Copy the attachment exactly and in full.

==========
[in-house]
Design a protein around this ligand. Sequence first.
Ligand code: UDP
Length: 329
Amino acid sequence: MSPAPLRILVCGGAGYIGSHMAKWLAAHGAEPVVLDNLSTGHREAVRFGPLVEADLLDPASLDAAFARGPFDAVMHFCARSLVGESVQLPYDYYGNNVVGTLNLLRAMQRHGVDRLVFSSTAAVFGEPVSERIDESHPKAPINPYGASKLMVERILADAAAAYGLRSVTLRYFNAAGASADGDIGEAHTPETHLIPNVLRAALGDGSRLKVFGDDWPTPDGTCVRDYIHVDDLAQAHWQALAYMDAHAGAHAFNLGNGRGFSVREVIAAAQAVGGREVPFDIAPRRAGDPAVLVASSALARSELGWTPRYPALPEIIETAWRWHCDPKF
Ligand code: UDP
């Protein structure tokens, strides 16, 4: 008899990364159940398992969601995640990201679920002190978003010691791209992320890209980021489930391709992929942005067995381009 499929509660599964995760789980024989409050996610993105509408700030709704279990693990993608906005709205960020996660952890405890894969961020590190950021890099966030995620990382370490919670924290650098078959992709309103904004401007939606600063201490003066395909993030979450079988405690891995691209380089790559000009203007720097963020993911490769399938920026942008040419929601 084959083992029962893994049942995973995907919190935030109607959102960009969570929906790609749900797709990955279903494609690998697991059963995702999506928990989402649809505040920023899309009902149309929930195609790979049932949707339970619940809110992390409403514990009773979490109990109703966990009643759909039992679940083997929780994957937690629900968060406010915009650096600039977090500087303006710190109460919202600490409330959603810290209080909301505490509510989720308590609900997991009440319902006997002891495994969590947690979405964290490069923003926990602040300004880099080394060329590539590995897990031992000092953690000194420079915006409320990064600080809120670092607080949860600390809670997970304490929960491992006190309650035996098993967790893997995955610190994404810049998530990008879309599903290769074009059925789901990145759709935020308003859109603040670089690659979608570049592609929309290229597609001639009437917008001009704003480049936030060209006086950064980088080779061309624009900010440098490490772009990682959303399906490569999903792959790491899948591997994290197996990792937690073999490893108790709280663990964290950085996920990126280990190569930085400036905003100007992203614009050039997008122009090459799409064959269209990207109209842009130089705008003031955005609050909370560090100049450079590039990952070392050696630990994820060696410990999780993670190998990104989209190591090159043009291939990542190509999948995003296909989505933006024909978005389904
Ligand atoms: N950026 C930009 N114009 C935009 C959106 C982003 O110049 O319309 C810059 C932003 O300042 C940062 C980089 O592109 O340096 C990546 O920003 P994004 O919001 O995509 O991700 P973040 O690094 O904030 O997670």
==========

[in-house]
Design a protein around this ligand. Sequence first.
Ligand code: UDP
Length: 329
Amino acid sequence: MSPAPLRILVCGGAGYIGSHMAKWLAAHGAEPVVLDNLSTGHREAVRFGPLVEADLLDPASLDAAFARGPFDAVMHFCARSLVGESVQLPYDYYGNNVVGTLNLLRAMQRHGVDRLVFSSTAAVFGEPVSERIDESHPKAPINPYGASKLMVERILADAAAAYGLRSVTLRYFNAAGASADGDIGEAHTPETHLIPNVLRAALGDGSRLKVFGDDWPTPDGTCVRDYIHVDDLAQAHWQALAYMDAHAGAHAFNLGNGRGFSVREVIAAAQAVGGREVPFDIAPRRAGDPAVLVASSALARSELGWTPRYPALPEIIETAWRWHCDPKF
Ligand code: UDP
């Protein structure tokens, strides 16, 4: 008899990364159940398992969601995640990201679920002190978003010691791209992320890209980021489930391709992929942005067995381009 499929509660599964995760789980024989409050996610993105509408700030709704279990693990993608906005709205960020996660952890405890894969961020590190950021890099966030995620990382370490919670924290650098078959992709309103904004401007939606600063201490003066395909993030979450079988405690891995691209380089790559000009203007720097963020993911490769399938920026942008040419929601 084959083992029962893994049942995973995907919190935030109607959102960009969570929906790609749900797709990955279903494609690998697991059963995702999506928990989402649809505040920023899309009902149309929930195609790979049932949707339970619940809110992390409403514990009773979490109990109703966990009643759909039992679940083997929780994957937690629900968060406010915009650096600039977090500087303006710190109460919202600490409330959603810290209080909301505490509510989720308590609900997991009440319902006997002891495994969590947690979405964290490069923003926990602040300004880099080394060329590539590995897990031992000092953690000194420079915006409320990064600080809120670092607080949860600390809670997970304490929960491992006190309650035996098993967790893997995955610190994404810049998530990008879309599903290769074009059925789901990145759709935020308003859109603040670089690659979608570049592609929309290229597609001639009437917008001009704003480049936030060209006086950064980088080779061309624009900010440098490490772009990682959303399906490569999903792959790491899948591997994290197996990792937690073999490893108790709280663990964290950085996920990126280990190569930085400036905003100007992203614009050039997008122009090459799409064959269209990207109209842009130089705008003031955005609050909370560090100049450079590039990952070392050696630990994820060696410990999780993670190998990104989209190591090159043009291939990542190509999948995003296909989505933006024909978005389904
Ligand atoms: N950026 C930009 N114009 C935009 C959106 C982003 O110049 O319309 C810059 C932003 O300042 C940062 C980089 O592109 O340096 C990546 O920003 P994004 O919001 O995509 O991700 P973040 O690094 O904030 O997670």